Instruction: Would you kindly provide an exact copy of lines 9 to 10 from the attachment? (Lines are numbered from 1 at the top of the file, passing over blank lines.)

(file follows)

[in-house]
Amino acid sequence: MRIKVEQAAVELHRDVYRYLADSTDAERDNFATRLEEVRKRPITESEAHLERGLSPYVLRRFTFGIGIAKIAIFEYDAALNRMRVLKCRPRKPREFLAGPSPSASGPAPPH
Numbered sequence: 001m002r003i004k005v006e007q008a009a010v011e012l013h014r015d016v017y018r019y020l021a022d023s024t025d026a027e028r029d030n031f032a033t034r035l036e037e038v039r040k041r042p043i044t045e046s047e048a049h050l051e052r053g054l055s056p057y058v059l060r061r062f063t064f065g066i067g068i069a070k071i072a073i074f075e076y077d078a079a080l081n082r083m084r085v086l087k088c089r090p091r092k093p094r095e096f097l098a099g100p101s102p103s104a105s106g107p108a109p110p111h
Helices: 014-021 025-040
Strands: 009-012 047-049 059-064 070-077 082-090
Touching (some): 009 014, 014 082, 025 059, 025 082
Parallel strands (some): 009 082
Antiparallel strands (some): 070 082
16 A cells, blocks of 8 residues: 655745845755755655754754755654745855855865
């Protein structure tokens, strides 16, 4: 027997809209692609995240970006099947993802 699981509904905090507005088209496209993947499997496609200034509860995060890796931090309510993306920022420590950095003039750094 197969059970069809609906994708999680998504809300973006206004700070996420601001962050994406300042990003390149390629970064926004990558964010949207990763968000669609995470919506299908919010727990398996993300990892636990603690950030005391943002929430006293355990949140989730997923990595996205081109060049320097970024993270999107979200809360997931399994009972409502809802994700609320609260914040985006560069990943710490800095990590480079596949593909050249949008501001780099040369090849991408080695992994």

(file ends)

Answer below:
16 A cells, blocks of 8 residues: 655745845755755655754754755654745855855865
């Protein structure tokens, strides 16, 4: 027997809209692609995240970006099947993802 699981509904905090507005088209496209993947499997496609200034509860995060890796931090309510993306920022420590950095003039750094 197969059970069809609906994708999680998504809300973006206004700070996420601001962050994406300042990003390149390629970064926004990558964010949207990763968000669609995470919506299908919010727990398996993300990892636990603690950030005391943002929430006293355990949140989730997923990595996205081109060049320097970024993270999107979200809360997931399994009972409502809802994700609320609260914040985006560069990943710490800095990590480079596949593909050249949008501001780099040369090849991408080695992994």